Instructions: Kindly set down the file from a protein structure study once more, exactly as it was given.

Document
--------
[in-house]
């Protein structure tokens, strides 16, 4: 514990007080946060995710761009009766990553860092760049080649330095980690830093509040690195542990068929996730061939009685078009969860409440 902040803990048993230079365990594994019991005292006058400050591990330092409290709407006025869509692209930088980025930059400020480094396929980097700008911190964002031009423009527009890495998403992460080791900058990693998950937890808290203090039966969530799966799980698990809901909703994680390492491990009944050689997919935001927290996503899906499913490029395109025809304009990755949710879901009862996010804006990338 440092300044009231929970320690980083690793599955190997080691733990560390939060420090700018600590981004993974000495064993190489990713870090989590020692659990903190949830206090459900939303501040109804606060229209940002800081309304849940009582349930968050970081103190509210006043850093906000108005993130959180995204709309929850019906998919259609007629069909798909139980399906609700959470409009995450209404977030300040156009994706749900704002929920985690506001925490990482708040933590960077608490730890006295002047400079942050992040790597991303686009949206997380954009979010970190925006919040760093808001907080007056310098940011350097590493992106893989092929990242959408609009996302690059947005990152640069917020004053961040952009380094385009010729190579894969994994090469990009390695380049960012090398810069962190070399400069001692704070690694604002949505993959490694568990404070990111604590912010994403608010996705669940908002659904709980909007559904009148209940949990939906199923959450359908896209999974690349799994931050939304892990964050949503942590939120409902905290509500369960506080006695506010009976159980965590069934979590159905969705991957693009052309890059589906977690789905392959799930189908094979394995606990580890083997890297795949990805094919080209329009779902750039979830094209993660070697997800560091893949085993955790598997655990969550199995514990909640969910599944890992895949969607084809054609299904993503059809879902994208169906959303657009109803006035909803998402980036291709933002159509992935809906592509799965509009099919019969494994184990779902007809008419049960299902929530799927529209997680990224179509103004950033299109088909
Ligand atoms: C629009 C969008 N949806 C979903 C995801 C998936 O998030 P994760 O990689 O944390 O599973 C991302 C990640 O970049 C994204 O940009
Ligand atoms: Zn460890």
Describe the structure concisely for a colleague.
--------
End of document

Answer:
[in-house]
């Protein structure tokens, strides 16, 4: 514990007080946060995710761009009766990553860092760049080649330095980690830093509040690195542990068929996730061939009685078009969860409440 902040803990048993230079365990594994019991005292006058400050591990330092409290709407006025869509692209930088980025930059400020480094396929980097700008911190964002031009423009527009890495998403992460080791900058990693998950937890808290203090039966969530799966799980698990809901909703994680390492491990009944050689997919935001927290996503899906499913490029395109025809304009990755949710879901009862996010804006990338 440092300044009231929970320690980083690793599955190997080691733990560390939060420090700018600590981004993974000495064993190489990713870090989590020692659990903190949830206090459900939303501040109804606060229209940002800081309304849940009582349930968050970081103190509210006043850093906000108005993130959180995204709309929850019906998919259609007629069909798909139980399906609700959470409009995450209404977030300040156009994706749900704002929920985690506001925490990482708040933590960077608490730890006295002047400079942050992040790597991303686009949206997380954009979010970190925006919040760093808001907080007056310098940011350097590493992106893989092929990242959408609009996302690059947005990152640069917020004053961040952009380094385009010729190579894969994994090469990009390695380049960012090398810069962190070399400069001692704070690694604002949505993959490694568990404070990111604590912010994403608010996705669940908002659904709980909007559904009148209940949990939906199923959450359908896209999974690349799994931050939304892990964050949503942590939120409902905290509500369960506080006695506010009976159980965590069934979590159905969705991957693009052309890059589906977690789905392959799930189908094979394995606990580890083997890297795949990805094919080209329009779902750039979830094209993660070697997800560091893949085993955790598997655990969550199995514990909640969910599944890992895949969607084809054609299904993503059809879902994208169906959303657009109803006035909803998402980036291709933002159509992935809906592509799965509009099919019969494994184990779902007809008419049960299902929530799927529209997680990224179509103004950033299109088909
Ligand atoms: C629009 C969008 N949806 C979903 C995801 C998936 O998030 P994760 O990689 O944390 O599973 C991302 C990640 O970049 C994204 O940009
Ligand atoms: Zn460890």
Describe the structure concisely for a colleague.